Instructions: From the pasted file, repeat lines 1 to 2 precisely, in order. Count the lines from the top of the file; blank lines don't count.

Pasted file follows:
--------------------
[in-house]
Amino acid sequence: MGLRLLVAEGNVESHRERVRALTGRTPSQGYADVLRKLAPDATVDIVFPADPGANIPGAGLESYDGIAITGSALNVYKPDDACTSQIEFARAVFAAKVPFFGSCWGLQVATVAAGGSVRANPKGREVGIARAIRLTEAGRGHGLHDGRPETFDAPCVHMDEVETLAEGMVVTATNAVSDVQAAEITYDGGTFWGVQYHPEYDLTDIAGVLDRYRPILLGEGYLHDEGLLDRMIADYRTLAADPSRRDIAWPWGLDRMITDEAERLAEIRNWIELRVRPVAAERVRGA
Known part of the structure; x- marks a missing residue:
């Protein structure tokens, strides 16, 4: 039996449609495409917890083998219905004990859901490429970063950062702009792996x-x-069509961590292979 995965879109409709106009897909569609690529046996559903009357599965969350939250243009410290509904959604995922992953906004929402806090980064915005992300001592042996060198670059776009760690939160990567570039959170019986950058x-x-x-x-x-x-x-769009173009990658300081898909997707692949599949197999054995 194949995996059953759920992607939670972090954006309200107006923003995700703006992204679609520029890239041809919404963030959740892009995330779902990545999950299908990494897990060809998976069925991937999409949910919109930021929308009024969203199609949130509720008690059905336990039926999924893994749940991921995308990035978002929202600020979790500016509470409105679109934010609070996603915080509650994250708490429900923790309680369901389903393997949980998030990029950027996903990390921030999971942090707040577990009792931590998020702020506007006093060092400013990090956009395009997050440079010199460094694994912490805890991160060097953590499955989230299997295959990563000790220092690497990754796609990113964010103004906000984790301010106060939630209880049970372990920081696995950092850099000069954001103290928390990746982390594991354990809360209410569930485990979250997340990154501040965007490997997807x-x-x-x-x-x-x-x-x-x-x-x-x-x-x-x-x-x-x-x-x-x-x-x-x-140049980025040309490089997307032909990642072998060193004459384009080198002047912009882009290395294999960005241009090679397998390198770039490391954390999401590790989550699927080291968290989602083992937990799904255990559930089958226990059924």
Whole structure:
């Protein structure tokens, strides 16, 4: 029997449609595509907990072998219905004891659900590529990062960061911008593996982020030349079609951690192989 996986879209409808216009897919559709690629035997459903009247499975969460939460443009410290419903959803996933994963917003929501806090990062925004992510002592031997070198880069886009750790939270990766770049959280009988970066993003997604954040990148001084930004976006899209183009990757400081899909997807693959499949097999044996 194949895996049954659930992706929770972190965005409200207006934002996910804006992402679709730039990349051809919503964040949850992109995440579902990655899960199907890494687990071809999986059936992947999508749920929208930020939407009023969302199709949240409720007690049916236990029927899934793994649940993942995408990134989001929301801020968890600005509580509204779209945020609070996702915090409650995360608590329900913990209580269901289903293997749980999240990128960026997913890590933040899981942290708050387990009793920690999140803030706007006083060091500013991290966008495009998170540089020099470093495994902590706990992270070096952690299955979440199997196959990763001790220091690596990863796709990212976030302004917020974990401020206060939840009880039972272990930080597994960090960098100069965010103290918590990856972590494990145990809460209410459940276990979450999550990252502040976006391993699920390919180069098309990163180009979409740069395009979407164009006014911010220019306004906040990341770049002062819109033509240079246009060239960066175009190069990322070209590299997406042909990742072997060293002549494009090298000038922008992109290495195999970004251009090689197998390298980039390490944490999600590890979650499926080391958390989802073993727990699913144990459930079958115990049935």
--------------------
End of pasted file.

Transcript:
[in-house]
Amino acid sequence: MGLRLLVAEGNVESHRERVRALTGRTPSQGYADVLRKLAPDATVDIVFPADPGANIPGAGLESYDGIAITGSALNVYKPDDACTSQIEFARAVFAAKVPFFGSCWGLQVATVAAGGSVRANPKGREVGIARAIRLTEAGRGHGLHDGRPETFDAPCVHMDEVETLAEGMVVTATNAVSDVQAAEITYDGGTFWGVQYHPEYDLTDIAGVLDRYRPILLGEGYLHDEGLLDRMIADYRTLAADPSRRDIAWPWGLDRMITDEAERLAEIRNWIELRVRPVAAERVRGA